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Dear gov’t, we should start saving our forests if we don’t want another pandemic to hit us

Dear gov’t, we should start saving our forests if we don’t want another pandemic to hit us

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Most communicable diseases are transmitted from wild animals to humans. These animals normally live in forests which illegal loggers constantly destroy. By damaging their natural habitats, we increase the possibility of interacting with them—thus increasing the possibility of a new disease breakout.

Environmental activists and scientists have always been loud about the importance of protecting the forests. But it took a pandemic for us to realize what they meant.

According to a 2020 research by experts from various universities and institutions in the U.S., investing in global wildlife conservation and better forest management would only cost around $22.2 to $30.7 billion a year—nearly 500 times cheaper than handling a pandemic which can cost around $8.1 to $15.8 trillion.

 

What should be done then?

Reforestation will always be the best solution. Planting more trees means more shelter for wildlife animals and fresh air for us to breathe in. It also helps mitigate climate change.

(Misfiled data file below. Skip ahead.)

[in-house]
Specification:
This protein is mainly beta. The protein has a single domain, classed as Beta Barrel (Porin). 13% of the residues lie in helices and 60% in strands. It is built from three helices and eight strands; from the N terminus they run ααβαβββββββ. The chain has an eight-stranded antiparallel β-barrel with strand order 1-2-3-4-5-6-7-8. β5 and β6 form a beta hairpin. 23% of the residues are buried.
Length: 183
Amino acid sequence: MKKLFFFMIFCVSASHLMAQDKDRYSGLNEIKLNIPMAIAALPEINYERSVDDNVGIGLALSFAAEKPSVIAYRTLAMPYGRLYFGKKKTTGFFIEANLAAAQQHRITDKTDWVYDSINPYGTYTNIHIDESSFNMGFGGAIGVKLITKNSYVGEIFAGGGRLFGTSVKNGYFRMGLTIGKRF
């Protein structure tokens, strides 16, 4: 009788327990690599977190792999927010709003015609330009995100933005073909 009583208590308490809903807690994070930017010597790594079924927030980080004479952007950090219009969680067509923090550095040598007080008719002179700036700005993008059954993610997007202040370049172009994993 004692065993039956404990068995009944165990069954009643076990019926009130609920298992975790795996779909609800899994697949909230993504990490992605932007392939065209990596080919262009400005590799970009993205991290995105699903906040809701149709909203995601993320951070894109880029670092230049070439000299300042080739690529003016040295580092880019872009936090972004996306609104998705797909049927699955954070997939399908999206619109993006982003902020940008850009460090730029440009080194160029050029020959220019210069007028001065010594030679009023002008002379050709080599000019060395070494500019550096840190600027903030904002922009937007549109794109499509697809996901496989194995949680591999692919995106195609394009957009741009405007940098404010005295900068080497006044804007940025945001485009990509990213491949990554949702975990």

Forested landscape in Bohol. Photo by Ken Shono on Unsplash

That’s why the government launched their largest reforestation project called the National Greening Program (NGP). However, NGP has failed to meet 88.17 per cent of its target for the period of 2011 to 2019. And although the DENR was able to raise 36 million seedlings for the project (80 percent of their target for 2020), reforestation doesn’t stop there. 

[READ: Tree planting without nurturing after is useless in reforesting wiped out areas]

So while the government should prioritize “expanded” testing and contact tracing right now, it would be ideal for the Department of Environment and Natural Resources (DENR) and Forest Management Bureau to start addressing such concerns as early as now.

 

We can help in our own ways, too

Wildlife and forest protection is our responsibility as much as the government’s. We can start by being conscious of what we eat—avoid processed food and limit meat intake. Always check the label and choose products that are environmentally responsible. 

When buying furniture and other products, find those that are produced by indigenous communities and avoid those made from forest woods. This way, the demand for crops and pastures will decrease.

While volunteering in reforestation projects is impossible as of the moment, we can donate to One Tree Planted instead. They plant one tree for every dollar we donate. We can also sign a petition urging the government to save Masungi Georeserve from illegal loggers, slash-and-burn farmers and poachers.

Masungi Georeserve in Cuyambay, Tanay, Rizal. Photo by Toni Rose Ng on Unsplash

We can be forest advocates as well by signing up for a membership at Forest Foundation Philippines. Their mission is to conserve and protect the forests by conducting a series of activities like tree-growing, learning workshops, expression sessions and general assemblies.

 

Header photo courtesy of Gustav Gullstrand on Unsplash

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